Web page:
floodgates Ray Explores

Photo by Ray Explores.

The California Public Banking Act has shown that legislative tides have turned and it is possible to shift power away from profit-motivated board members of privately-owned Wall Street banks into the hands of the people. Aaron Fernando writes in The Progressive that the size of California’s economy and history of setting precedents means that the rest of the country will likely follow suit.

The question at the heart of public banking may seem technical but is actually about political power. Should small groups of wealthy corporate board members get to decide how to leverage public money so that they may further enrich themselves? Or should public funds be used in a way that is accountable to the public itself, for initiatives that will secure the long-term health of society at large?

Fernando continues:

“These [public] banks could follow in the footsteps of the German KfW Group, a collection of state-owned infrastructure banks that directed more than one-third of its funds to climate and environmental protection in 2018—not just in Germany, but in thirty countries. So instead of propping up oil pipelines, public money could catalyze a rapid transition to a zero-carbon economy. Public banks can also drastically reduce the cost of financing infrastructure projects, because if the lender is a public bank, interest payments can be re-used for public benefit, rather than to enrich investors.”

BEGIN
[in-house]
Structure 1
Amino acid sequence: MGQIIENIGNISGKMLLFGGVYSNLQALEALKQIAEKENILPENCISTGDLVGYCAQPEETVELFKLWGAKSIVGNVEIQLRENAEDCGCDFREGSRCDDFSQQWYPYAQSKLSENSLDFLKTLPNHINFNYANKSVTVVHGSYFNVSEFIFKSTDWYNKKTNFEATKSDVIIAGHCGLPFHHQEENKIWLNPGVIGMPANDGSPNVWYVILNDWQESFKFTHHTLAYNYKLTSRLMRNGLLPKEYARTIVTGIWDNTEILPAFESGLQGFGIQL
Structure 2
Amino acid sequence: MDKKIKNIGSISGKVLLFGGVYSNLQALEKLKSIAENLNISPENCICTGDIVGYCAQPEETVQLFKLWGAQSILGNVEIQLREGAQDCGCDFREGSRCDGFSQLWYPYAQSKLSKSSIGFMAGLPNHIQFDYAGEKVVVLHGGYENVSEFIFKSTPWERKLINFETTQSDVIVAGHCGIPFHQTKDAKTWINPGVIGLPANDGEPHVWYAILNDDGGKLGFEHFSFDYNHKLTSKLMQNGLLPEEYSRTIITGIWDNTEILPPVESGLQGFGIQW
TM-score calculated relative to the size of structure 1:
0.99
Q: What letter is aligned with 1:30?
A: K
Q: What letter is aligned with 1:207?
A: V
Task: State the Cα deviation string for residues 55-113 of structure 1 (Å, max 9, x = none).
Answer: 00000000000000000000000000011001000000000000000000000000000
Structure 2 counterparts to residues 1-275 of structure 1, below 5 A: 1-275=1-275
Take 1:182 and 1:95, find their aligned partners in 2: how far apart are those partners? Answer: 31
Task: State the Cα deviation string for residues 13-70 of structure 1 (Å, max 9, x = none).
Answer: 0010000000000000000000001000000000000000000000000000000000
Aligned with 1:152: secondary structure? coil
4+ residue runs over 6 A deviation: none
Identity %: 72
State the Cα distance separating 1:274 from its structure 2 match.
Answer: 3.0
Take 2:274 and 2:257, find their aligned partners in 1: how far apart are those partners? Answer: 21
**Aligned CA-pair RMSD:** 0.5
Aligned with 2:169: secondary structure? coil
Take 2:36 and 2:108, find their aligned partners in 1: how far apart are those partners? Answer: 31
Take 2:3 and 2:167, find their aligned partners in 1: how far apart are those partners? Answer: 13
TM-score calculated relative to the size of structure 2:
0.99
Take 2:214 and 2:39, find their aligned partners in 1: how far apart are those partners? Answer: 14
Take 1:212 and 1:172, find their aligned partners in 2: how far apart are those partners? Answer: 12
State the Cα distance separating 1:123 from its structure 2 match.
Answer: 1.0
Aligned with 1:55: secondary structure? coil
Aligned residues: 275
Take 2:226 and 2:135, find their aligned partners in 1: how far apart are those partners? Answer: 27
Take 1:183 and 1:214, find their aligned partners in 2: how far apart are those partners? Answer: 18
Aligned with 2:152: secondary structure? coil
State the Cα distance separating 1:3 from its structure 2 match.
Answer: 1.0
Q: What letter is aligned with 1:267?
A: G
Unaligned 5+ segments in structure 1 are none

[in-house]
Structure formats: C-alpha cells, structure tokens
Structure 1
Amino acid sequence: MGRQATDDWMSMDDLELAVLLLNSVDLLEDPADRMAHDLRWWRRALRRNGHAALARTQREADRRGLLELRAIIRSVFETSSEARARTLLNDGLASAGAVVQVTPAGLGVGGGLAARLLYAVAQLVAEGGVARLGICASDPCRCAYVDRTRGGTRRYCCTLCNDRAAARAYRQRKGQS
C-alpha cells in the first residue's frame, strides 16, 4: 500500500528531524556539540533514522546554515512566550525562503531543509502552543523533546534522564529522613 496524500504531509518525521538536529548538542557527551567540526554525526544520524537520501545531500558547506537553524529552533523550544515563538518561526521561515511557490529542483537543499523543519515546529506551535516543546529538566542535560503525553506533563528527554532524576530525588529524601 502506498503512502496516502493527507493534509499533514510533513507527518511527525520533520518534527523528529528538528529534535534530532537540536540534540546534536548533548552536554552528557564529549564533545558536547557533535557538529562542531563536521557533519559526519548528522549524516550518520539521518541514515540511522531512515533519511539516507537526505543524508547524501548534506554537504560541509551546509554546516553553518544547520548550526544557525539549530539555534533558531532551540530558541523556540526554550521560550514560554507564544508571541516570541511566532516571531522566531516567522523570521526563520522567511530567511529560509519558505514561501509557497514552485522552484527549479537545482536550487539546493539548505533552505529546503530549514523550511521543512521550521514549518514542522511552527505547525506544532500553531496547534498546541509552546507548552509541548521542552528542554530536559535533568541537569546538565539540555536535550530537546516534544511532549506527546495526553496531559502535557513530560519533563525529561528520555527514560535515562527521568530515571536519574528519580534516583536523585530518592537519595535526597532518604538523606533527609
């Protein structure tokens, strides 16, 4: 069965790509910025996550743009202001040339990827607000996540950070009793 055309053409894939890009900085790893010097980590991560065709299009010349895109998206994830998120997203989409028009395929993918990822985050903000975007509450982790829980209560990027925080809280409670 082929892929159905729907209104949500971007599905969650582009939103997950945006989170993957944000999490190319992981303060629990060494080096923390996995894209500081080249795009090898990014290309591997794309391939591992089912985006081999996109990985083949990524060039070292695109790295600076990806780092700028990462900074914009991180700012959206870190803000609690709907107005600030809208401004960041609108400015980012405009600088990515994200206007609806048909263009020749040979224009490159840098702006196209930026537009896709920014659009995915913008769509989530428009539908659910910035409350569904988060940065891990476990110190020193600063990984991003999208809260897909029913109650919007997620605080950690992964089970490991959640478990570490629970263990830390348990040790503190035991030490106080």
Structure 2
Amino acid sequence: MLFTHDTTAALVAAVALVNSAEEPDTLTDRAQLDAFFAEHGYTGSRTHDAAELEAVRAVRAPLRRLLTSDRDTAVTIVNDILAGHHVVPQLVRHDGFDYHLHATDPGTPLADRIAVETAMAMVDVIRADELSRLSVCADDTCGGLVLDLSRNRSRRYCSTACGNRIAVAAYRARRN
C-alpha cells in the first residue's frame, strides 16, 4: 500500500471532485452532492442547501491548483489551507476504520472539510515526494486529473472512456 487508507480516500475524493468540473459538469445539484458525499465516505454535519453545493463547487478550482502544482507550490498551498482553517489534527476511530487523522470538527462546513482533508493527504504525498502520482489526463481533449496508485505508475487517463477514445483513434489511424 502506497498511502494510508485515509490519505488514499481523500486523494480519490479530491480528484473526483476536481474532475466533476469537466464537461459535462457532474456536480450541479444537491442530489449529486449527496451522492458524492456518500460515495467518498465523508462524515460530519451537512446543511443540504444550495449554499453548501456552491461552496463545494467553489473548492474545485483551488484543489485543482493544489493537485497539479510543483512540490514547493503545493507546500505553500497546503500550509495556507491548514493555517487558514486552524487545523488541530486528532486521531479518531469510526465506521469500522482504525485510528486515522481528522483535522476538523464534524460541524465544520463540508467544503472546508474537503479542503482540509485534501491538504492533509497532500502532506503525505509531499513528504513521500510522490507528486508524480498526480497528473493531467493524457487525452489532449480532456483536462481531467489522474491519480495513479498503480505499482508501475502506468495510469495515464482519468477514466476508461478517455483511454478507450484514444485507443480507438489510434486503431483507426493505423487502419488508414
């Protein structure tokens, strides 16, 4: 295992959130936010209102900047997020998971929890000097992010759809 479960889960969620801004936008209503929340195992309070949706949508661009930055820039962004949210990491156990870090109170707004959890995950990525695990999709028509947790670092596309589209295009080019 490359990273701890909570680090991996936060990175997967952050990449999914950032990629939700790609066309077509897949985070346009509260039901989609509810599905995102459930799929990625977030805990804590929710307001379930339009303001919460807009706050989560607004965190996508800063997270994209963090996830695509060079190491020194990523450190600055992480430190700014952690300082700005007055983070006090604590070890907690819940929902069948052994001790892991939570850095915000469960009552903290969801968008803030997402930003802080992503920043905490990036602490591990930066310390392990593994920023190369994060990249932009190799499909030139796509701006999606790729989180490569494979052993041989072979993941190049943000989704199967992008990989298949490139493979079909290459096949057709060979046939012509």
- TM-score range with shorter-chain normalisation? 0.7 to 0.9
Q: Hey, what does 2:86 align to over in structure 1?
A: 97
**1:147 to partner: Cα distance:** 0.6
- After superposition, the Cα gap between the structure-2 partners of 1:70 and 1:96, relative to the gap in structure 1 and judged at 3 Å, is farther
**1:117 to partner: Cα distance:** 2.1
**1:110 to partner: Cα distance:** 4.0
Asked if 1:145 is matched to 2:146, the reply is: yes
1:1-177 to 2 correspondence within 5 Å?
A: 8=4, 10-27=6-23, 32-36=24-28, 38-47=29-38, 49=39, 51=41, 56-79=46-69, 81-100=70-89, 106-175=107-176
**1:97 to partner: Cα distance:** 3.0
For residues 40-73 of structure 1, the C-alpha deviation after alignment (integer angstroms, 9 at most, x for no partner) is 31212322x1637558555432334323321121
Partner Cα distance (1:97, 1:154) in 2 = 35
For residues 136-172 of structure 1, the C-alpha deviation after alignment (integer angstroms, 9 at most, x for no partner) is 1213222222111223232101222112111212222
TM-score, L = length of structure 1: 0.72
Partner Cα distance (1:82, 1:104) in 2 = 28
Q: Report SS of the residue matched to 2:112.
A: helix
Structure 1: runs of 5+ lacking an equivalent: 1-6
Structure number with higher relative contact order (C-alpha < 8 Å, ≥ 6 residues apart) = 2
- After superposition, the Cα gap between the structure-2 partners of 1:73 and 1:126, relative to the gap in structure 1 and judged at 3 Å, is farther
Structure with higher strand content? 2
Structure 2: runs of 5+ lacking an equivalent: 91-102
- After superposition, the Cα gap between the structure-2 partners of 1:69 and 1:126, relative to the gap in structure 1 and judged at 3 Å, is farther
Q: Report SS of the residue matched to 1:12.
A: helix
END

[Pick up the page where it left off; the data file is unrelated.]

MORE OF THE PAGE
[Read the full article]

One Thought on “Opening the public bank floodgates”

  • I wager that RG&E and other privately held utilities are delinquent in property taxes that could be used to help take them over. PG&E’s mission is to make as much profit as possible and pay their execs as much as possible. Publicly held utilities’ mission is to provide service. Banks are utilities and like other utilities provide an essential service. SMUD, a publicly held utility has not had wildfires attributed to its powerlines and no planned power outages have happened in its area. A public bank could help counties and municipalities to buy out PG&E and be a recipient for its retirement funds and profits so that money could be used for the public good and not the good of Banksters. Part of that public good would be to properly maintain the power infrastructure and the water shed and forests. Before Deregulation in 1996 PG&E msintsinrf thodr things well because they made a set profit on valid expenditures. After deregulation maintenance and employees became expenses instead of profit sources so all those expenses not necessary to the benefit of the execs were eliminated. Ask the people in San Bruno and Paradise the dangers of that model.

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